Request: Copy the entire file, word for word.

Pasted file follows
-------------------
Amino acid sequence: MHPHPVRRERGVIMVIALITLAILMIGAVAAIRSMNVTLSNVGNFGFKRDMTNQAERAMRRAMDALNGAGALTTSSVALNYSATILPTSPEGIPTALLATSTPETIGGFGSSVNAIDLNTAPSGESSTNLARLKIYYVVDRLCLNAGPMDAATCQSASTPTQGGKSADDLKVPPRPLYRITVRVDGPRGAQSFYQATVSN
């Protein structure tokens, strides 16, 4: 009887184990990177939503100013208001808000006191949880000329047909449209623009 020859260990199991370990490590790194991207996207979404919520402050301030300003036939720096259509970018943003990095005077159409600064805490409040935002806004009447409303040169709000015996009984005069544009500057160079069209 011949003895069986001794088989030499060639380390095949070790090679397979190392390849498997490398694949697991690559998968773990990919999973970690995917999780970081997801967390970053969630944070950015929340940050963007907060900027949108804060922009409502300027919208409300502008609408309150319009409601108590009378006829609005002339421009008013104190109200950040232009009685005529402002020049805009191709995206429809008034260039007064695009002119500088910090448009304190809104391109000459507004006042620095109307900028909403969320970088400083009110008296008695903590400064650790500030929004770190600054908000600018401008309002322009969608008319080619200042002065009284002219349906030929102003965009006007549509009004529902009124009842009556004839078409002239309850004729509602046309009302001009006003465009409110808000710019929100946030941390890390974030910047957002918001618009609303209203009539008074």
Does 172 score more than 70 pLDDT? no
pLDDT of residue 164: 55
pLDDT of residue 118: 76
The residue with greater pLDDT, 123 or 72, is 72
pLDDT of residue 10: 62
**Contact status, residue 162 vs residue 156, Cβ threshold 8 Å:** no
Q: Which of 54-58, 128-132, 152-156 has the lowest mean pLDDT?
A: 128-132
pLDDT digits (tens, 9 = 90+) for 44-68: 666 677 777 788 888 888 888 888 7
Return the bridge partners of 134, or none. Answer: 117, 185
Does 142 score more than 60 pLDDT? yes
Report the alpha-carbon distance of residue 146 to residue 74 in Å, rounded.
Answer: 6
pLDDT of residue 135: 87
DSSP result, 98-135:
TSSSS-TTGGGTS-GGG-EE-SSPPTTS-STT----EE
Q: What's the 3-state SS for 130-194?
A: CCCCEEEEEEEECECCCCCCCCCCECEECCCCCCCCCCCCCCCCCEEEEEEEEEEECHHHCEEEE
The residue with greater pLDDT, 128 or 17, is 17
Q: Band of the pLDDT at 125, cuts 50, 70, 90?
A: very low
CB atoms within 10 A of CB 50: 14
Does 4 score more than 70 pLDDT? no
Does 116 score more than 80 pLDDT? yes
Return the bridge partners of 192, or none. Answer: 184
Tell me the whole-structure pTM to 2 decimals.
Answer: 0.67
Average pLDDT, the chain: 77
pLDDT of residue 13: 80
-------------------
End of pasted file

Amino acid sequence: MHPHPVRRERGVIMVIALITLAILMIGAVAAIRSMNVTLSNVGNFGFKRDMTNQAERAMRRAMDALNGAGALTTSSVALNYSATILPTSPEGIPTALLATSTPETIGGFGSSVNAIDLNTAPSGESSTNLARLKIYYVVDRLCLNAGPMDAATCQSASTPTQGGKSADDLKVPPRPLYRITVRVDGPRGAQSFYQATVSN
């Protein structure tokens, strides 16, 4: 009887184990990177939503100013208001808000006191949880000329047909449209623009 020859260990199991370990490590790194991207996207979404919520402050301030300003036939720096259509970018943003990095005077159409600064805490409040935002806004009447409303040169709000015996009984005069544009500057160079069209 011949003895069986001794088989030499060639380390095949070790090679397979190392390849498997490398694949697991690559998968773990990919999973970690995917999780970081997801967390970053969630944070950015929340940050963007907060900027949108804060922009409502300027919208409300502008609408309150319009409601108590009378006829609005002339421009008013104190109200950040232009009685005529402002020049805009191709995206429809008034260039007064695009002119500088910090448009304190809104391109000459507004006042620095109307900028909403969320970088400083009110008296008695903590400064650790500030929004770190600054908000600018401008309002322009969608008319080619200042002065009284002219349906030929102003965009006007549509009004529902009124009842009556004839078409002239309850004729509602046309009302001009006003465009409110808000710019929100946030941390890390974030910047957002918001618009609303209203009539008074």
Does 172 score more than 70 pLDDT? no
pLDDT of residue 164: 55
pLDDT of residue 118: 76
The residue with greater pLDDT, 123 or 72, is 72
pLDDT of residue 10: 62
**Contact status, residue 162 vs residue 156, Cβ threshold 8 Å:** no
Q: Which of 54-58, 128-132, 152-156 has the lowest mean pLDDT?
A: 128-132
pLDDT digits (tens, 9 = 90+) for 44-68: 666 677 777 788 888 888 888 888 7
Return the bridge partners of 134, or none. Answer: 117, 185
Does 142 score more than 60 pLDDT? yes
Report the alpha-carbon distance of residue 146 to residue 74 in Å, rounded.
Answer: 6
pLDDT of residue 135: 87
DSSP result, 98-135:
TSSSS-TTGGGTS-GGG-EE-SSPPTTS-STT----EE
Q: What's the 3-state SS for 130-194?
A: CCCCEEEEEEEECECCCCCCCCCCECEECCCCCCCCCCCCCCCCCEEEEEEEEEEECHHHCEEEE
The residue with greater pLDDT, 128 or 17, is 17
Q: Band of the pLDDT at 125, cuts 50, 70, 90?
A: very low
CB atoms within 10 A of CB 50: 14
Does 4 score more than 70 pLDDT? no
Does 116 score more than 80 pLDDT? yes
Return the bridge partners of 192, or none. Answer: 184
Tell me the whole-structure pTM to 2 decimals.
Answer: 0.67
Average pLDDT, the chain: 77
pLDDT of residue 13: 80